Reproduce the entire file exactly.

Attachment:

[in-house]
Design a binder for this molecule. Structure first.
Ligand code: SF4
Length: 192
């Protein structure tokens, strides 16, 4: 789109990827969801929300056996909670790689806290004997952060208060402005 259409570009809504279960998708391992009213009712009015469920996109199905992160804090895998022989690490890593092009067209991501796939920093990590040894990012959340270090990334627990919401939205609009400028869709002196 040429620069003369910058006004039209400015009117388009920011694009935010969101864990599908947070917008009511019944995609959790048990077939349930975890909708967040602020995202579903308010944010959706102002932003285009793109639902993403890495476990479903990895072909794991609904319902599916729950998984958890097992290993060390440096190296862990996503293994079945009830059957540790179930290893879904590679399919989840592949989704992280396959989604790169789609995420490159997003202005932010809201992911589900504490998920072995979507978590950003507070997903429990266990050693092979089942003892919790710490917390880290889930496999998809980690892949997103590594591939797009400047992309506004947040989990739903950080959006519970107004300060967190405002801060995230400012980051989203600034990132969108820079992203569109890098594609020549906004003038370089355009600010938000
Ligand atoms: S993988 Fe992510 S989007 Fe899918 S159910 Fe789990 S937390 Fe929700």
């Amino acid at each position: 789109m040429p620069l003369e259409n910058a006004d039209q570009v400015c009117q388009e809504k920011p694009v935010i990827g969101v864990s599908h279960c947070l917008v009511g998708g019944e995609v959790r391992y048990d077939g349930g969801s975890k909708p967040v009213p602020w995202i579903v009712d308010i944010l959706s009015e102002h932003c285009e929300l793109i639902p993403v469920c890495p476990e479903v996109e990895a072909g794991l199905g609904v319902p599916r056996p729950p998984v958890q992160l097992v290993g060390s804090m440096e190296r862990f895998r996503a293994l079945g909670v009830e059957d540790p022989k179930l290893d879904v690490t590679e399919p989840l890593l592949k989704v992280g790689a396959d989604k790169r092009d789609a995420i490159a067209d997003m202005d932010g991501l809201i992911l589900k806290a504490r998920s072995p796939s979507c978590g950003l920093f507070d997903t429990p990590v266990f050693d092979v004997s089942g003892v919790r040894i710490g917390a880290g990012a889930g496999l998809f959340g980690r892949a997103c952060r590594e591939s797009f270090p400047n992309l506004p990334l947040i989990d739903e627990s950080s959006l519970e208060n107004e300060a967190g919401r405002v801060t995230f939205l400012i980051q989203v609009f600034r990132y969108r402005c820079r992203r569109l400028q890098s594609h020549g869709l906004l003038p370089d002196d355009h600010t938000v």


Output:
[in-house]
Design a binder for this molecule. Structure first.
Ligand code: SF4
Length: 192
């Protein structure tokens, strides 16, 4: 789109990827969801929300056996909670790689806290004997952060208060402005 259409570009809504279960998708391992009213009712009015469920996109199905992160804090895998022989690490890593092009067209991501796939920093990590040894990012959340270090990334627990919401939205609009400028869709002196 040429620069003369910058006004039209400015009117388009920011694009935010969101864990599908947070917008009511019944995609959790048990077939349930975890909708967040602020995202579903308010944010959706102002932003285009793109639902993403890495476990479903990895072909794991609904319902599916729950998984958890097992290993060390440096190296862990996503293994079945009830059957540790179930290893879904590679399919989840592949989704992280396959989604790169789609995420490159997003202005932010809201992911589900504490998920072995979507978590950003507070997903429990266990050693092979089942003892919790710490917390880290889930496999998809980690892949997103590594591939797009400047992309506004947040989990739903950080959006519970107004300060967190405002801060995230400012980051989203600034990132969108820079992203569109890098594609020549906004003038370089355009600010938000
Ligand atoms: S993988 Fe992510 S989007 Fe899918 S159910 Fe789990 S937390 Fe929700």
């Amino acid at each position: 789109m040429p620069l003369e259409n910058a006004d039209q570009v400015c009117q388009e809504k920011p694009v935010i990827g969101v864990s599908h279960c947070l917008v009511g998708g019944e995609v959790r391992y048990d077939g349930g969801s975890k909708p967040v009213p602020w995202i579903v009712d308010i944010l959706s009015e102002h932003c285009e929300l793109i639902p993403v469920c890495p476990e479903v996109e990895a072909g794991l199905g609904v319902p599916r056996p729950p998984v958890q992160l097992v290993g060390s804090m440096e190296r862990f895998r996503a293994l079945g909670v009830e059957d540790p022989k179930l290893d879904v690490t590679e399919p989840l890593l592949k989704v992280g790689a396959d989604k790169r092009d789609a995420i490159a067209d997003m202005d932010g991501l809201i992911l589900k806290a504490r998920s072995p796939s979507c978590g950003l920093f507070d997903t429990p990590v266990f050693d092979v004997s089942g003892v919790r040894i710490g917390a880290g990012a889930g496999l998809f959340g980690r892949a997103c952060r590594e591939s797009f270090p400047n992309l506004p990334l947040i989990d739903e627990s950080s959006l519970e208060n107004e300060a967190g919401r405002v801060t995230f939205l400012i980051q989203v609009f600034r990132y969108r402005c820079r992203r569109l400028q890098s594609h020549g869709l906004l003038p370089d002196d355009h600010t938000v």